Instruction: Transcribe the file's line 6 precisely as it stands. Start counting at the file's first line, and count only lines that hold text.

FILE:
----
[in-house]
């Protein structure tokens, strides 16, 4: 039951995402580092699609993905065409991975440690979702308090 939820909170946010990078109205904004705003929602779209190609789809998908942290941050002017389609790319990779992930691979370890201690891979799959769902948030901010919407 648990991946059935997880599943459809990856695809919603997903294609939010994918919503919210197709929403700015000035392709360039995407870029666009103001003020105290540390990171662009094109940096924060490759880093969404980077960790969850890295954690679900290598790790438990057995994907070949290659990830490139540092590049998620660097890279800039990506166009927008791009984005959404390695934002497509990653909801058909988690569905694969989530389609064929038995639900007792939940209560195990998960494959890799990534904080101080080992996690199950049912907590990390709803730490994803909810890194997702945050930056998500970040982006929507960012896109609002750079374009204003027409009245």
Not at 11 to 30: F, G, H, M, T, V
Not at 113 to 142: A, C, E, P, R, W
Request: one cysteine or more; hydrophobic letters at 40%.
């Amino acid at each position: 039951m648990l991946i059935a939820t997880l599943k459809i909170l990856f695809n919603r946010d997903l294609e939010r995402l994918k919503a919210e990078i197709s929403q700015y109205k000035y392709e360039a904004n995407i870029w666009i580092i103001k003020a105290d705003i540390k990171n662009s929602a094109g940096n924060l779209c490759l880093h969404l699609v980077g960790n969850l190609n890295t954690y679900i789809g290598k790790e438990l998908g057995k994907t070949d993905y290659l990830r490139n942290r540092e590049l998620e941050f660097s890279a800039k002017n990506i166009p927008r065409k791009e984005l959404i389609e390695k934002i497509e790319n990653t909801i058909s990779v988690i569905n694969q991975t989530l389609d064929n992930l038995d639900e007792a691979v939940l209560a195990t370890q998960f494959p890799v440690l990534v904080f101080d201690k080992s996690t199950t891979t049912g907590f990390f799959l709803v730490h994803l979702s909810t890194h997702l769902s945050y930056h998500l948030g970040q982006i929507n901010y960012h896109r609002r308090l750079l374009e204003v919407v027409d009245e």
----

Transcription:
């Amino acid at each position: 039951m648990l991946i059935a939820t997880l599943k459809i909170l990856f695809n919603r946010d997903l294609e939010r995402l994918k919503a919210e990078i197709s929403q700015y109205k000035y392709e360039a904004n995407i870029w666009i580092i103001k003020a105290d705003i540390k990171n662009s929602a094109g940096n924060l779209c490759l880093h969404l699609v980077g960790n969850l190609n890295t954690y679900i789809g290598k790790e438990l998908g057995k994907t070949d993905y290659l990830r490139n942290r540092e590049l998620e941050f660097s890279a800039k002017n990506i166009p927008r065409k791009e984005l959404i389609e390695k934002i497509e790319n990653t909801i058909s990779v988690i569905n694969q991975t989530l389609d064929n992930l038995d639900e007792a691979v939940l209560a195990t370890q998960f494959p890799v440690l990534v904080f101080d201690k080992s996690t199950t891979t049912g907590f990390f799959l709803v730490h994803l979702s909810t890194h997702l769902s945050y930056h998500l948030g970040q982006i929507n901010y960012h896109r609002r308090l750079l374009e204003v919407v027409d009245e």